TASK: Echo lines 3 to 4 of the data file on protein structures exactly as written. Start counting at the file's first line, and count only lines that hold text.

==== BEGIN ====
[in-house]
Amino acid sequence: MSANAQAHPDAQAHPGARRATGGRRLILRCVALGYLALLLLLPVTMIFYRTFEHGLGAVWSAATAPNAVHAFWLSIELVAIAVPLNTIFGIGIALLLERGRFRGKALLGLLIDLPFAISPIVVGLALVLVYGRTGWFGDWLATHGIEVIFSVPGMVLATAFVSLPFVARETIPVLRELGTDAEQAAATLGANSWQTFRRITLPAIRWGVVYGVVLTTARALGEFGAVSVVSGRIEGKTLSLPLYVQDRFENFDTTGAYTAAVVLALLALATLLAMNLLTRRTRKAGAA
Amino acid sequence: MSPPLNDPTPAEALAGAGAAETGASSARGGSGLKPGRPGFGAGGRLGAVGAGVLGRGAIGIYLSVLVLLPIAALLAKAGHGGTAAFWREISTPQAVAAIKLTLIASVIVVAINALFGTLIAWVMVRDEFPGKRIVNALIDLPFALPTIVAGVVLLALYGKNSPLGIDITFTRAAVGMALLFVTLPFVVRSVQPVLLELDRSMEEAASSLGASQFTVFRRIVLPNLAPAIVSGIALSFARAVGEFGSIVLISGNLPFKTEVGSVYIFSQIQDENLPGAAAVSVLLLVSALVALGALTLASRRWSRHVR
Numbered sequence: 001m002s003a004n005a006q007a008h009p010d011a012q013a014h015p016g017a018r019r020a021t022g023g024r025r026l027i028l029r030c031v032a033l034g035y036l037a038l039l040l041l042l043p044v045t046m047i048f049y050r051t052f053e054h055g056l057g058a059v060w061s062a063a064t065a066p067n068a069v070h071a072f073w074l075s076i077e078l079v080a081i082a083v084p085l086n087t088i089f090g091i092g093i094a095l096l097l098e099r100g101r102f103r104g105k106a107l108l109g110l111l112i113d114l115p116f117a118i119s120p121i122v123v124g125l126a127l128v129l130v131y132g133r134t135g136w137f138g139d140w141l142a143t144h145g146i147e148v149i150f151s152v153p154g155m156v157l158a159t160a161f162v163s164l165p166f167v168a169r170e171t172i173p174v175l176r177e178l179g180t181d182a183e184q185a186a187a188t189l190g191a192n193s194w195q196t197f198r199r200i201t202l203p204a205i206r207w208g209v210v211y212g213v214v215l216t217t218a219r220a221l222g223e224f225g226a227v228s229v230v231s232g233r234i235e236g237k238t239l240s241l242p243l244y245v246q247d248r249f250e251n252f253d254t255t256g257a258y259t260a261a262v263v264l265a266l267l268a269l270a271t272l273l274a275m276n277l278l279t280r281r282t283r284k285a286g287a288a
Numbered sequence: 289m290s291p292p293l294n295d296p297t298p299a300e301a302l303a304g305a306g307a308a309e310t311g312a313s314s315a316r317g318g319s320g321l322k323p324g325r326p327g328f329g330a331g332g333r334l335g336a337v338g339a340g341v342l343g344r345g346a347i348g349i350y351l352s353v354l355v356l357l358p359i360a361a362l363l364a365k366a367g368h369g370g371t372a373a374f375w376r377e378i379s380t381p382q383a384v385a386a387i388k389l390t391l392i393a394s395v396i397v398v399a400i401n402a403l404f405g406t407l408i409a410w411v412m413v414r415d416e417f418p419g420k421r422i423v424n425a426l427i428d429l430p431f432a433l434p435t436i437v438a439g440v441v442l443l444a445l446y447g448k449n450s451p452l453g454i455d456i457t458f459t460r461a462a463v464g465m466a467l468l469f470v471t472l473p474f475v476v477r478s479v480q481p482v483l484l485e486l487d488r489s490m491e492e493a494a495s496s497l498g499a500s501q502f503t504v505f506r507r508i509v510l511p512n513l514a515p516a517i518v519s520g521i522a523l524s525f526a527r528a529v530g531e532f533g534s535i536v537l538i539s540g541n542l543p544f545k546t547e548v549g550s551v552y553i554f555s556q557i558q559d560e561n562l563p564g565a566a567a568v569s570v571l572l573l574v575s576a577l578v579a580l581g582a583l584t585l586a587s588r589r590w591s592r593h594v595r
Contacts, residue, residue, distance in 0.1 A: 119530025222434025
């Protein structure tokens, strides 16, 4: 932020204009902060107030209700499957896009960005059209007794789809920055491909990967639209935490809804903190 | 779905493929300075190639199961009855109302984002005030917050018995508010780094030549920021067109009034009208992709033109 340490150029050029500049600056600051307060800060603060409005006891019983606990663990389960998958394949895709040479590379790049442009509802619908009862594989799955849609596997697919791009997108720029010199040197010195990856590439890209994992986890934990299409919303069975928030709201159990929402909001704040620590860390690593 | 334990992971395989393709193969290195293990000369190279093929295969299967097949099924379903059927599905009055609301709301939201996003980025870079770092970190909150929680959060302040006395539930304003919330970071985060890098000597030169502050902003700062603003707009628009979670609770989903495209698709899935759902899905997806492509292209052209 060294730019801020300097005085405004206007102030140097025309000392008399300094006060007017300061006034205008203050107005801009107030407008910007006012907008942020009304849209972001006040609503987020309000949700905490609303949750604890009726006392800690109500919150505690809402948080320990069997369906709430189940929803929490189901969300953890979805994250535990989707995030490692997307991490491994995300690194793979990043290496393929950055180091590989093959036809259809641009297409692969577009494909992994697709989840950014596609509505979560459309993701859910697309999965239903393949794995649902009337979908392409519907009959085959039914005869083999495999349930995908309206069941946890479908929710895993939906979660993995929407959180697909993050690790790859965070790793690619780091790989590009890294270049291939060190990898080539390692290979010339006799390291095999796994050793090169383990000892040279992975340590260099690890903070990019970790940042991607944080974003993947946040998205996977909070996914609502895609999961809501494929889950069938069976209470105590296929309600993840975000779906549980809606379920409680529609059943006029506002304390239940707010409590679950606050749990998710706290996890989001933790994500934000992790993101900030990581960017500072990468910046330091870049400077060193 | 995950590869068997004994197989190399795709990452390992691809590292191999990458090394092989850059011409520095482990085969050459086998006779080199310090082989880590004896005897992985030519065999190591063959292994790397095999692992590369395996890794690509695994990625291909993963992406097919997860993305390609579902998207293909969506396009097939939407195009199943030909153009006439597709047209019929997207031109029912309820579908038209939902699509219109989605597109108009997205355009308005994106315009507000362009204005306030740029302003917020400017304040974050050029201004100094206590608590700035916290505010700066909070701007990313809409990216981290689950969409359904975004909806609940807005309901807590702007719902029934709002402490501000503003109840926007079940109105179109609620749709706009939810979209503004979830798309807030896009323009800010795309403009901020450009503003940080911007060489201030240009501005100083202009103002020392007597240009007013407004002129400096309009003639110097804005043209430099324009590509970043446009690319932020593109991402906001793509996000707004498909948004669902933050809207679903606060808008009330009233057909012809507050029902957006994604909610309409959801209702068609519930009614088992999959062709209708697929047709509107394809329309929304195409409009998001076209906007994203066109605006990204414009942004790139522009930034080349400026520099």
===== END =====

Amino acid sequence: MSPPLNDPTPAEALAGAGAAETGASSARGGSGLKPGRPGFGAGGRLGAVGAGVLGRGAIGIYLSVLVLLPIAALLAKAGHGGTAAFWREISTPQAVAAIKLTLIASVIVVAINALFGTLIAWVMVRDEFPGKRIVNALIDLPFALPTIVAGVVLLALYGKNSPLGIDITFTRAAVGMALLFVTLPFVVRSVQPVLLELDRSMEEAASSLGASQFTVFRRIVLPNLAPAIVSGIALSFARAVGEFGSIVLISGNLPFKTEVGSVYIFSQIQDENLPGAAAVSVLLLVSALVALGALTLASRRWSRHVR
Numbered sequence: 001m002s003a004n005a006q007a008h009p010d011a012q013a014h015p016g017a018r019r020a021t022g023g024r025r026l027i028l029r030c031v032a033l034g035y036l037a038l039l040l041l042l043p044v045t046m047i048f049y050r051t052f053e054h055g056l057g058a059v060w061s062a063a064t065a066p067n068a069v070h071a072f073w074l075s076i077e078l079v080a081i082a083v084p085l086n087t088i089f090g091i092g093i094a095l096l097l098e099r100g101r102f103r104g105k106a107l108l109g110l111l112i113d114l115p116f117a118i119s120p121i122v123v124g125l126a127l128v129l130v131y132g133r134t135g136w137f138g139d140w141l142a143t144h145g146i147e148v149i150f151s152v153p154g155m156v157l158a159t160a161f162v163s164l165p166f167v168a169r170e171t172i173p174v175l176r177e178l179g180t181d182a183e184q185a186a187a188t189l190g191a192n193s194w195q196t197f198r199r200i201t202l203p204a205i206r207w208g209v210v211y212g213v214v215l216t217t218a219r220a221l222g223e224f225g226a227v228s229v230v231s232g233r234i235e236g237k238t239l240s241l242p243l244y245v246q247d248r249f250e251n252f253d254t255t256g257a258y259t260a261a262v263v264l265a266l267l268a269l270a271t272l273l274a275m276n277l278l279t280r281r282t283r284k285a286g287a288a